Review: Lean In

“Leadership is about making others better as a result of your presence and making sure that impact lasts in your absence.” is one of my favorite lines from Lean In. My take on this book is going to be a little different from others; less focus on feminism, more on its overall usefulness as a self-help book. “The best way to make room for both life and career is to make choices deliberately – to set limits and stick to them.” speaks to me as much as I imagine it speaks to women around the world. The rest of the book feels the same way.

Sheryl starts the book with an emphasis on the importance of sitting at the table, speaking up, balancing the expectation of being liked and the ambition to succeed. It takes me back to some of my earlier internships in which I always sat at the back of a room, never spoke up, and was always worried if others liked me enough. To some degree, I still have these issues. Being a recent graduate, I’m worried whether or not I have the credentials (chops) to voice my opinions in front of a roomful of senior engineers. I often fear that if I speak up, I might open myself up to harsh criticism. These first chapters of the book are my favorites. They push me to face my own fears and encourage me to stand up to them. It’s reassuring to hear that my problems are real and there are practical ways to overcome them.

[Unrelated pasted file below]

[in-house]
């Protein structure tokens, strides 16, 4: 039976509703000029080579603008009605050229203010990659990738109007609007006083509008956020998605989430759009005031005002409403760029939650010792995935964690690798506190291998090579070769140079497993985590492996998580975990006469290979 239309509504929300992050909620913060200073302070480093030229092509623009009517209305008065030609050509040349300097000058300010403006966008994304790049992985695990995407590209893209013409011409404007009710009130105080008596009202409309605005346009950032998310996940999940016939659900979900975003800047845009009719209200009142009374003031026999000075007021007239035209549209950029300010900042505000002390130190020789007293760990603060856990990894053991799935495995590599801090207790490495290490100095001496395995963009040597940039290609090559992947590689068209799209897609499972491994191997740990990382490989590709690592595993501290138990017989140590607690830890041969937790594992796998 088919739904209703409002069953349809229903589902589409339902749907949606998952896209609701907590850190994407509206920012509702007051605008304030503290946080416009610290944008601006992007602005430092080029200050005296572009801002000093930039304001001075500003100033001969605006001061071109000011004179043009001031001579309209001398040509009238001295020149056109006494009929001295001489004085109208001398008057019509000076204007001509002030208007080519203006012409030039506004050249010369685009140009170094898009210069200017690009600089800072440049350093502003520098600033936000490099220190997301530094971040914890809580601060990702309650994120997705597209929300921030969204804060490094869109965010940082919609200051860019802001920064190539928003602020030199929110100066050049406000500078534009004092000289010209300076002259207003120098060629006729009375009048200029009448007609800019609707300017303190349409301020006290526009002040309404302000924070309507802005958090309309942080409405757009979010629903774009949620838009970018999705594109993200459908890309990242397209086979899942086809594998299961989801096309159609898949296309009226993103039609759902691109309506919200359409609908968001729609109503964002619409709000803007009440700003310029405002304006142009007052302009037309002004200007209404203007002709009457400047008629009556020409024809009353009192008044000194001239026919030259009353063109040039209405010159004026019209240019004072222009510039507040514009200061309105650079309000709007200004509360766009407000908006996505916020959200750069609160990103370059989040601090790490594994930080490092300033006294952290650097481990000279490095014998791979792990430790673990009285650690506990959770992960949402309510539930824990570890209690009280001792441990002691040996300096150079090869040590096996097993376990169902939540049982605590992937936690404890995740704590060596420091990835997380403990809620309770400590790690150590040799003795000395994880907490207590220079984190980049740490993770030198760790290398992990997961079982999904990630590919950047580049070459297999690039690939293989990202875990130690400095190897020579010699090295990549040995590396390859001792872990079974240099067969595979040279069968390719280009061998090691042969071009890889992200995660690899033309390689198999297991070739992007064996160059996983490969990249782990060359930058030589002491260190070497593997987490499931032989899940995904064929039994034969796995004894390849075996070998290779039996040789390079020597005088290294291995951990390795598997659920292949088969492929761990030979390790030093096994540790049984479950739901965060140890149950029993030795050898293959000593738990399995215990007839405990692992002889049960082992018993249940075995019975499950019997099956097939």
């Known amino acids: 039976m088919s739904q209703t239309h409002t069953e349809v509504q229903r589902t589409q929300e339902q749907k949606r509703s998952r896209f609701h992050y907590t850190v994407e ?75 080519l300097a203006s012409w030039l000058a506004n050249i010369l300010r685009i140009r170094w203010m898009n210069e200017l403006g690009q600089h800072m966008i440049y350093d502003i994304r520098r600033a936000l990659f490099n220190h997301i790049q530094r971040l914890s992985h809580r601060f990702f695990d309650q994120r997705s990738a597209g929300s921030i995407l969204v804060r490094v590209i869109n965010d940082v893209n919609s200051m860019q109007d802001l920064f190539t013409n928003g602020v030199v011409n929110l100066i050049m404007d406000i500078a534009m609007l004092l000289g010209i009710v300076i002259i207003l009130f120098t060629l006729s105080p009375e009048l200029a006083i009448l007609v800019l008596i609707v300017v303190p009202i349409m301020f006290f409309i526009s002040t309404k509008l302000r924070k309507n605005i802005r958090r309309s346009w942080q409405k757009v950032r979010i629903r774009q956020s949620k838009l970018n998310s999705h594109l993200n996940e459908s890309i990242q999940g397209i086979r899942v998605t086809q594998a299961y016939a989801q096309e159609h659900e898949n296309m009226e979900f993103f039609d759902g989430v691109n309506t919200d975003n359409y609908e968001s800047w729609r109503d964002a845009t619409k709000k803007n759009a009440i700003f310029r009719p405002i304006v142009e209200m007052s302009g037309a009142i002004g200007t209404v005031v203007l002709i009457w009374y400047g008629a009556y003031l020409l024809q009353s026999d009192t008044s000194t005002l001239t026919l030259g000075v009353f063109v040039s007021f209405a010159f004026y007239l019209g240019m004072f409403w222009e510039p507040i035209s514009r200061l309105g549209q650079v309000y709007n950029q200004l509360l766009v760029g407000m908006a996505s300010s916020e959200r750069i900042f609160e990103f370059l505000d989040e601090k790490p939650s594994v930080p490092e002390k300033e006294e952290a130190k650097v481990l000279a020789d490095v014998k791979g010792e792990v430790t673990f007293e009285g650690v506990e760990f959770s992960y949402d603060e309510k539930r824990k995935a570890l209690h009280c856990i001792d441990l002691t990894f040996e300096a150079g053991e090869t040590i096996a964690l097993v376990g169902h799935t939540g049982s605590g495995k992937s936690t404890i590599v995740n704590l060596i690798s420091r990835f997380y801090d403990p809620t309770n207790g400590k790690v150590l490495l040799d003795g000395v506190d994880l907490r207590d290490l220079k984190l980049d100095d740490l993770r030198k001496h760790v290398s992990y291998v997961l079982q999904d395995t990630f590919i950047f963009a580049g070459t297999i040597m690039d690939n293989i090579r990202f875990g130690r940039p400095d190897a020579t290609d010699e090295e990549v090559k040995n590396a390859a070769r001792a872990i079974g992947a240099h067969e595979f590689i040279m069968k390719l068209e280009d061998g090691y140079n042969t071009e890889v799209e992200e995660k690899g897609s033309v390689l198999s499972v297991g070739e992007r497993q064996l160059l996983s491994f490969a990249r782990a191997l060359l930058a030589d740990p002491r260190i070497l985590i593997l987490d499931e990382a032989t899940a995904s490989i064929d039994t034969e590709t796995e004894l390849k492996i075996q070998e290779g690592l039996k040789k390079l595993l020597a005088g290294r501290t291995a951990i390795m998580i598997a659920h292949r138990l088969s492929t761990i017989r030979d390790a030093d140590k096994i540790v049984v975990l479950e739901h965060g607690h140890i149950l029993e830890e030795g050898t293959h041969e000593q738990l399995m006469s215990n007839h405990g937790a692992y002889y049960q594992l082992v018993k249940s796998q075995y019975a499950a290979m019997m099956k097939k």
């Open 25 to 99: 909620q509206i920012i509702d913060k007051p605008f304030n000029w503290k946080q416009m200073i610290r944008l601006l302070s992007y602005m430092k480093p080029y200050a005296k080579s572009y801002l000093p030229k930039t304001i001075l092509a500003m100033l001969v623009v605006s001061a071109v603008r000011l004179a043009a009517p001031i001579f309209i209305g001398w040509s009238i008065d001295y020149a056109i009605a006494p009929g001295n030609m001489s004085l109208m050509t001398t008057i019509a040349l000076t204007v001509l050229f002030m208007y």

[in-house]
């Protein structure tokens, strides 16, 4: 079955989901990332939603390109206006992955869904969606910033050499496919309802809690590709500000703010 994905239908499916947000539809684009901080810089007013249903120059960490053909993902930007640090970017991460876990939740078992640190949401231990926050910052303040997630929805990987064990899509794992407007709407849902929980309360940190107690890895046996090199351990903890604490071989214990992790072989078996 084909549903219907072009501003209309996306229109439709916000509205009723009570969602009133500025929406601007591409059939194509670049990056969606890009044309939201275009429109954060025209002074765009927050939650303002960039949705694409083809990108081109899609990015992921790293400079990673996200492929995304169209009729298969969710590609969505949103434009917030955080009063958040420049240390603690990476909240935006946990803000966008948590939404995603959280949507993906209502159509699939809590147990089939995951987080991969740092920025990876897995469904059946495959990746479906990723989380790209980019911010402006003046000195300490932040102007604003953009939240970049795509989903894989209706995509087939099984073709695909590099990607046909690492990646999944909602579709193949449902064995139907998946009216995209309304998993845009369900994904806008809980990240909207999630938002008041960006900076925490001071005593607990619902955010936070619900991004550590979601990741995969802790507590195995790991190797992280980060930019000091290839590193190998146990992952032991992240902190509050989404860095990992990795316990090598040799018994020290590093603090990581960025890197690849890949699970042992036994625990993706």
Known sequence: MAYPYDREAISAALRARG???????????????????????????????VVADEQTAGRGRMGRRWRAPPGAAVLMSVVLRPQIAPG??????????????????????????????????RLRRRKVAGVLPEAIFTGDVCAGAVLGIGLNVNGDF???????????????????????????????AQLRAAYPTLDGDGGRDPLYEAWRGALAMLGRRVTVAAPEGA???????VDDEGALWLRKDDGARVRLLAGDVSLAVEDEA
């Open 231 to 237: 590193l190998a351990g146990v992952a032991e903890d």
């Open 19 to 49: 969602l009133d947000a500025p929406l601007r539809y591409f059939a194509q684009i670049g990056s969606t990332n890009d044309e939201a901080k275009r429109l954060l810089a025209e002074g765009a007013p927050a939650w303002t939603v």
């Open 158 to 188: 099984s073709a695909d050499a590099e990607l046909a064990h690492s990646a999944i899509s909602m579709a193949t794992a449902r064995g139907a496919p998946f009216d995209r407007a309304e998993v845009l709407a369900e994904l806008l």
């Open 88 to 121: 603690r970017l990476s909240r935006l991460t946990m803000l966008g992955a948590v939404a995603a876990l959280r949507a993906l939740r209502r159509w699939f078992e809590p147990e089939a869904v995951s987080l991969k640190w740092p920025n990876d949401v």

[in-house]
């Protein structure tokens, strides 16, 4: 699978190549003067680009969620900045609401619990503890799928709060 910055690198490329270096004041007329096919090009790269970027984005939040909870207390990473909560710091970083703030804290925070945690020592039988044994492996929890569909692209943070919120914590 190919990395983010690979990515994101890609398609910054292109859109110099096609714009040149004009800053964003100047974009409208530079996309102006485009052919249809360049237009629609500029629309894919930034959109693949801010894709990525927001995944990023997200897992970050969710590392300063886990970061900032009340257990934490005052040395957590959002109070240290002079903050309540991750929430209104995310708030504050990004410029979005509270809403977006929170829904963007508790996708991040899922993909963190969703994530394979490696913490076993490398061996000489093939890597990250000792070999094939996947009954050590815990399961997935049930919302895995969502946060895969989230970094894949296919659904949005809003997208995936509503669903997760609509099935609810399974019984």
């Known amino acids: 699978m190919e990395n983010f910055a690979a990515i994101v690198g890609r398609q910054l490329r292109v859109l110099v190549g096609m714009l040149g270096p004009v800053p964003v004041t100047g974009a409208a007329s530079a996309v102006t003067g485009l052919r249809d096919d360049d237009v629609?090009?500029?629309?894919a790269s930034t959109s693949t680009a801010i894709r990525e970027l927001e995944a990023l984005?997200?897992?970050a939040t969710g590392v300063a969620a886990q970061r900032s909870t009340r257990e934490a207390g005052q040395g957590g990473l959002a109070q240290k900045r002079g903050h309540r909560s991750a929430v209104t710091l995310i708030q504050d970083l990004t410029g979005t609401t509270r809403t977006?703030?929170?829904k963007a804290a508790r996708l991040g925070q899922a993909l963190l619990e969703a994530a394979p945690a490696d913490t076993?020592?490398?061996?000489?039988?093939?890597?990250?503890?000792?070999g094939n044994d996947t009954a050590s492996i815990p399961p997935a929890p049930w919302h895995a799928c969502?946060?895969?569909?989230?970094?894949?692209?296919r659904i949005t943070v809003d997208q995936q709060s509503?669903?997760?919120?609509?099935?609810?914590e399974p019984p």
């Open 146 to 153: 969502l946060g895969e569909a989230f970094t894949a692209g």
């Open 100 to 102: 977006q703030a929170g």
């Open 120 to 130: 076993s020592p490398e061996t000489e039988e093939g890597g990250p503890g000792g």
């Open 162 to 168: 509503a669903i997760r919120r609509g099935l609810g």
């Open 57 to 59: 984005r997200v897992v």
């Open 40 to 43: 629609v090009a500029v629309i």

The chapter on the myth of doing it all is another of my favorites. It reminds me of a speech I’ve heard recently, which was about one’s purpose in life. The speaker gave three points on the subject of living: to live is to cherish each moment, to love, and to matter. What’s a better way to make it matter than becoming a leader? To lean in is to embrace ambition. The myth of doing it all tells us to focus on what truly matters and are important. Tradeoffs must be made. And what needs to be done should be completed in the most efficient way possible.

The last part of this book is a compilation of several essays written by a set of men and women, each reflecting on his or her career. Those chapters I found not as effective as the main part of the book, partly because I was used to Sheryl’s writing style by that point in the book; the essays also felt a bit repetitive. But each of the essays, if read standalone, is actually quite well-written, nicely connecting the author’s story to the theme of Lean In.

This book was a very satisfying and at times eye-opening read. It’s a great book for anyone who wants to make a difference in his or her life.

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